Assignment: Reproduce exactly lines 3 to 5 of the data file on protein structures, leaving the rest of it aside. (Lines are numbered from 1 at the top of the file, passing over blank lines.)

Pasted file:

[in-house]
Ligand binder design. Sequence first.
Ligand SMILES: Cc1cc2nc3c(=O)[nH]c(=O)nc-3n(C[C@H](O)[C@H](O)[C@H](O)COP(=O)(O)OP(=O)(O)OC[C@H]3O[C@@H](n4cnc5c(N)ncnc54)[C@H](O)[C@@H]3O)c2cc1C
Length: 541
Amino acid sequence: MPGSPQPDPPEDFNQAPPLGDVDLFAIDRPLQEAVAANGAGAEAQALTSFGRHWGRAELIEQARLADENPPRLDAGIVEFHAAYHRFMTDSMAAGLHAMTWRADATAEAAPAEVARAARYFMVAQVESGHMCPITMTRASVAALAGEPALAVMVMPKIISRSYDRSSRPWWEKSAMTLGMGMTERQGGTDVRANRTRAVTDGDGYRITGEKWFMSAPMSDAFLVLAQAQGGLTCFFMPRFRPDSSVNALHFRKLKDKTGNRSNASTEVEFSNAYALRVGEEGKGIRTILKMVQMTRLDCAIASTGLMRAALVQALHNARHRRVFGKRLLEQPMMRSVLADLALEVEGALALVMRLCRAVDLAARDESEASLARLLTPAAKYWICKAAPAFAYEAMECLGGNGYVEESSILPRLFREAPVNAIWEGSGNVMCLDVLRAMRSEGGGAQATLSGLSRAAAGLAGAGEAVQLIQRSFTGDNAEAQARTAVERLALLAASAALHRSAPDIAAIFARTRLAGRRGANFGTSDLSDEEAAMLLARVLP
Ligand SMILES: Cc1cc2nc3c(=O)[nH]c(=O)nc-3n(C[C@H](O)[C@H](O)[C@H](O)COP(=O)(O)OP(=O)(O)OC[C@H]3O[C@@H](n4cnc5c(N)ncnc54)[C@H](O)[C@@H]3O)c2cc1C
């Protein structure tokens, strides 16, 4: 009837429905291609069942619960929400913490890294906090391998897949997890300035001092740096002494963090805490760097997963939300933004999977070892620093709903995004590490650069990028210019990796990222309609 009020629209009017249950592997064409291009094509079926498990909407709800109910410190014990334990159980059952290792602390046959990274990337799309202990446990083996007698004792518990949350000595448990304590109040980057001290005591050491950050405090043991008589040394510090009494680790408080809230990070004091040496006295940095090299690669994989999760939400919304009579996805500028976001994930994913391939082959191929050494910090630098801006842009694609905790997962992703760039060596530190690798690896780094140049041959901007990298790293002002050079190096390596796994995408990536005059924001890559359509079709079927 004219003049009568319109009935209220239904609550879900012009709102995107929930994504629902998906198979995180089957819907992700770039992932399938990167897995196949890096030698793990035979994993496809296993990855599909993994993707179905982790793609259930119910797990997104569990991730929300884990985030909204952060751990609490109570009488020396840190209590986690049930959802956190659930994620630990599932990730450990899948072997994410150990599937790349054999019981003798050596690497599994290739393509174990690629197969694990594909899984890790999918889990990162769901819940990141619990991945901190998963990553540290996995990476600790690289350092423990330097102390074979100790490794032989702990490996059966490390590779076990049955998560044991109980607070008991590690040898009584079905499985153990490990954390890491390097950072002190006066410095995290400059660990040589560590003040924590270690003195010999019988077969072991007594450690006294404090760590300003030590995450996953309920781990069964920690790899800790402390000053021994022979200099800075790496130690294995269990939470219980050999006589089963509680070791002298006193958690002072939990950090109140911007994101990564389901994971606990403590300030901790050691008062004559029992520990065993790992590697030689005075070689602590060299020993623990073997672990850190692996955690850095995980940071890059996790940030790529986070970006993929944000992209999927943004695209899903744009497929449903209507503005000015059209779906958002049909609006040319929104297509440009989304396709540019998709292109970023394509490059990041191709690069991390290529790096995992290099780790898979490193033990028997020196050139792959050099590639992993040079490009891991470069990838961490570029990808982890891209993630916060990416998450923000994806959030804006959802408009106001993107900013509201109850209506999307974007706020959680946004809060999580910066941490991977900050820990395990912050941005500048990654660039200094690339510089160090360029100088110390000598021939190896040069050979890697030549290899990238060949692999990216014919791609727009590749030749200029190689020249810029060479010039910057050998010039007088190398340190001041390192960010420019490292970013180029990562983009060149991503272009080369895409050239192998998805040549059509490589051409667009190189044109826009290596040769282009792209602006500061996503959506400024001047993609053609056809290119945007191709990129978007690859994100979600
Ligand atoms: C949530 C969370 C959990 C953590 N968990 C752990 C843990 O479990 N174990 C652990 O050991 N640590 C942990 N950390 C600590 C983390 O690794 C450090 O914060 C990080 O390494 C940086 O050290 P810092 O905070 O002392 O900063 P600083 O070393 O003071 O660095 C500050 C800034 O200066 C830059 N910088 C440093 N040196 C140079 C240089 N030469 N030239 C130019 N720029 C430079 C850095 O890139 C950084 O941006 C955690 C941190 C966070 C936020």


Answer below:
Ligand SMILES: Cc1cc2nc3c(=O)[nH]c(=O)nc-3n(C[C@H](O)[C@H](O)[C@H](O)COP(=O)(O)OP(=O)(O)OC[C@H]3O[C@@H](n4cnc5c(N)ncnc54)[C@H](O)[C@@H]3O)c2cc1C
Length: 541
Amino acid sequence: MPGSPQPDPPEDFNQAPPLGDVDLFAIDRPLQEAVAANGAGAEAQALTSFGRHWGRAELIEQARLADENPPRLDAGIVEFHAAYHRFMTDSMAAGLHAMTWRADATAEAAPAEVARAARYFMVAQVESGHMCPITMTRASVAALAGEPALAVMVMPKIISRSYDRSSRPWWEKSAMTLGMGMTERQGGTDVRANRTRAVTDGDGYRITGEKWFMSAPMSDAFLVLAQAQGGLTCFFMPRFRPDSSVNALHFRKLKDKTGNRSNASTEVEFSNAYALRVGEEGKGIRTILKMVQMTRLDCAIASTGLMRAALVQALHNARHRRVFGKRLLEQPMMRSVLADLALEVEGALALVMRLCRAVDLAARDESEASLARLLTPAAKYWICKAAPAFAYEAMECLGGNGYVEESSILPRLFREAPVNAIWEGSGNVMCLDVLRAMRSEGGGAQATLSGLSRAAAGLAGAGEAVQLIQRSFTGDNAEAQARTAVERLALLAASAALHRSAPDIAAIFARTRLAGRRGANFGTSDLSDEEAAMLLARVLP